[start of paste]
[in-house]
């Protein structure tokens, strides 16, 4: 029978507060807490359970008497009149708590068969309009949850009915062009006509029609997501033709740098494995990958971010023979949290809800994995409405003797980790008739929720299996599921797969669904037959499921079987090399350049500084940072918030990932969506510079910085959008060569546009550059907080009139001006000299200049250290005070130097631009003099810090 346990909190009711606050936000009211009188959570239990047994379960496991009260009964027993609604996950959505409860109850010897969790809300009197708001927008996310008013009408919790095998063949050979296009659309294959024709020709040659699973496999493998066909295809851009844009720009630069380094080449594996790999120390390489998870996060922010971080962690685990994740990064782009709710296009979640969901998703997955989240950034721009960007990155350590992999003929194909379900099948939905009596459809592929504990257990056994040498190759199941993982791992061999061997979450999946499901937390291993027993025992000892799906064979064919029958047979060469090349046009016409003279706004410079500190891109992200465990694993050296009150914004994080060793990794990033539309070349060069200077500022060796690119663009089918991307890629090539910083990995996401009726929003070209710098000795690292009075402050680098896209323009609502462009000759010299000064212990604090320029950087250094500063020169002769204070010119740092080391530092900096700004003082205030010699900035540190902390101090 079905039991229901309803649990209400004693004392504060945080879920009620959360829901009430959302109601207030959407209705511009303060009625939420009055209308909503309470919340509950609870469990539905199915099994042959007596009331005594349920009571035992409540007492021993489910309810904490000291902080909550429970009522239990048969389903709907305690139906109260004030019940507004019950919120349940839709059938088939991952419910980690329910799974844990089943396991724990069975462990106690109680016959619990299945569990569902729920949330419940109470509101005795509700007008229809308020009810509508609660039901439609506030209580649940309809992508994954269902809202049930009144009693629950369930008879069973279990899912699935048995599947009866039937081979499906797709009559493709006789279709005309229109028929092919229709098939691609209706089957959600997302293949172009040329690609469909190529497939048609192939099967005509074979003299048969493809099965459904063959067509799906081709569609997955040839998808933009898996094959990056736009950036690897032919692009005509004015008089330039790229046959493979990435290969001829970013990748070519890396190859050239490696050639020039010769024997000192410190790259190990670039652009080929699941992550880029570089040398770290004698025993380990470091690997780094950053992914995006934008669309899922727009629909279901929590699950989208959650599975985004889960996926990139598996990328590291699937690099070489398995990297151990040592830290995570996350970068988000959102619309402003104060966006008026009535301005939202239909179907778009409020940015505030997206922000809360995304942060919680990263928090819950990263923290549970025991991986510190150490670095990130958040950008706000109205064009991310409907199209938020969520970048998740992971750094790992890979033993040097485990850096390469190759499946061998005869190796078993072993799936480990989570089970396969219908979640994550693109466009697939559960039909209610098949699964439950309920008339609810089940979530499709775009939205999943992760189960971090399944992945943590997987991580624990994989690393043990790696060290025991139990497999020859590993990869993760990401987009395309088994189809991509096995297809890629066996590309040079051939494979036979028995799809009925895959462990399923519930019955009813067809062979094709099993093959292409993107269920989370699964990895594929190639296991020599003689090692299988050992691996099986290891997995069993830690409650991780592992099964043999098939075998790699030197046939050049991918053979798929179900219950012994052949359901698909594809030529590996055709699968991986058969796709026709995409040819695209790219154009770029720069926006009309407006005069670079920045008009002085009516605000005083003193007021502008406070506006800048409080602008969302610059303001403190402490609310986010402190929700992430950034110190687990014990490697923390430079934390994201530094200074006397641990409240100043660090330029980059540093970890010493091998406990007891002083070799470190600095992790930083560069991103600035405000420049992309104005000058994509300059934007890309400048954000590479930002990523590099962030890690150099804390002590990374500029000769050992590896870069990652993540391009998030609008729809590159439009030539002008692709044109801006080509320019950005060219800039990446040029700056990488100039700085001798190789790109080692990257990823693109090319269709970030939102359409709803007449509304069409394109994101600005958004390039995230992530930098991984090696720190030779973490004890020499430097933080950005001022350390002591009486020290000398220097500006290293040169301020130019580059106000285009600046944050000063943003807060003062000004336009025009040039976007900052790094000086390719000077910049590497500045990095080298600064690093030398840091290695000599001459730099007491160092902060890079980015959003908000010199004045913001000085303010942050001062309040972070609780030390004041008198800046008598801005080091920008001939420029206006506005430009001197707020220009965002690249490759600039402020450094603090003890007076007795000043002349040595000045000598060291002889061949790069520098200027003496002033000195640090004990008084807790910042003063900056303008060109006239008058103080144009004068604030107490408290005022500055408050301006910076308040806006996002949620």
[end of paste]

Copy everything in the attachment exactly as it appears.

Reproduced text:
[in-house]
């Protein structure tokens, strides 16, 4: 029978507060807490359970008497009149708590068969309009949850009915062009006509029609997501033709740098494995990958971010023979949290809800994995409405003797980790008739929720299996599921797969669904037959499921079987090399350049500084940072918030990932969506510079910085959008060569546009550059907080009139001006000299200049250290005070130097631009003099810090 346990909190009711606050936000009211009188959570239990047994379960496991009260009964027993609604996950959505409860109850010897969790809300009197708001927008996310008013009408919790095998063949050979296009659309294959024709020709040659699973496999493998066909295809851009844009720009630069380094080449594996790999120390390489998870996060922010971080962690685990994740990064782009709710296009979640969901998703997955989240950034721009960007990155350590992999003929194909379900099948939905009596459809592929504990257990056994040498190759199941993982791992061999061997979450999946499901937390291993027993025992000892799906064979064919029958047979060469090349046009016409003279706004410079500190891109992200465990694993050296009150914004994080060793990794990033539309070349060069200077500022060796690119663009089918991307890629090539910083990995996401009726929003070209710098000795690292009075402050680098896209323009609502462009000759010299000064212990604090320029950087250094500063020169002769204070010119740092080391530092900096700004003082205030010699900035540190902390101090 079905039991229901309803649990209400004693004392504060945080879920009620959360829901009430959302109601207030959407209705511009303060009625939420009055209308909503309470919340509950609870469990539905199915099994042959007596009331005594349920009571035992409540007492021993489910309810904490000291902080909550429970009522239990048969389903709907305690139906109260004030019940507004019950919120349940839709059938088939991952419910980690329910799974844990089943396991724990069975462990106690109680016959619990299945569990569902729920949330419940109470509101005795509700007008229809308020009810509508609660039901439609506030209580649940309809992508994954269902809202049930009144009693629950369930008879069973279990899912699935048995599947009866039937081979499906797709009559493709006789279709005309229109028929092919229709098939691609209706089957959600997302293949172009040329690609469909190529497939048609192939099967005509074979003299048969493809099965459904063959067509799906081709569609997955040839998808933009898996094959990056736009950036690897032919692009005509004015008089330039790229046959493979990435290969001829970013990748070519890396190859050239490696050639020039010769024997000192410190790259190990670039652009080929699941992550880029570089040398770290004698025993380990470091690997780094950053992914995006934008669309899922727009629909279901929590699950989208959650599975985004889960996926990139598996990328590291699937690099070489398995990297151990040592830290995570996350970068988000959102619309402003104060966006008026009535301005939202239909179907778009409020940015505030997206922000809360995304942060919680990263928090819950990263923290549970025991991986510190150490670095990130958040950008706000109205064009991310409907199209938020969520970048998740992971750094790992890979033993040097485990850096390469190759499946061998005869190796078993072993799936480990989570089970396969219908979640994550693109466009697939559960039909209610098949699964439950309920008339609810089940979530499709775009939205999943992760189960971090399944992945943590997987991580624990994989690393043990790696060290025991139990497999020859590993990869993760990401987009395309088994189809991509096995297809890629066996590309040079051939494979036979028995799809009925895959462990399923519930019955009813067809062979094709099993093959292409993107269920989370699964990895594929190639296991020599003689090692299988050992691996099986290891997995069993830690409650991780592992099964043999098939075998790699030197046939050049991918053979798929179900219950012994052949359901698909594809030529590996055709699968991986058969796709026709995409040819695209790219154009770029720069926006009309407006005069670079920045008009002085009516605000005083003193007021502008406070506006800048409080602008969302610059303001403190402490609310986010402190929700992430950034110190687990014990490697923390430079934390994201530094200074006397641990409240100043660090330029980059540093970890010493091998406990007891002083070799470190600095992790930083560069991103600035405000420049992309104005000058994509300059934007890309400048954000590479930002990523590099962030890690150099804390002590990374500029000769050992590896870069990652993540391009998030609008729809590159439009030539002008692709044109801006080509320019950005060219800039990446040029700056990488100039700085001798190789790109080692990257990823693109090319269709970030939102359409709803007449509304069409394109994101600005958004390039995230992530930098991984090696720190030779973490004890020499430097933080950005001022350390002591009486020290000398220097500006290293040169301020130019580059106000285009600046944050000063943003807060003062000004336009025009040039976007900052790094000086390719000077910049590497500045990095080298600064690093030398840091290695000599001459730099007491160092902060890079980015959003908000010199004045913001000085303010942050001062309040972070609780030390004041008198800046008598801005080091920008001939420029206006506005430009001197707020220009965002690249490759600039402020450094603090003890007076007795000043002349040595000045000598060291002889061949790069520098200027003496002033000195640090004990008084807790910042003063900056303008060109006239008058103080144009004068604030107490408290005022500055408050301006910076308040806006996002949620």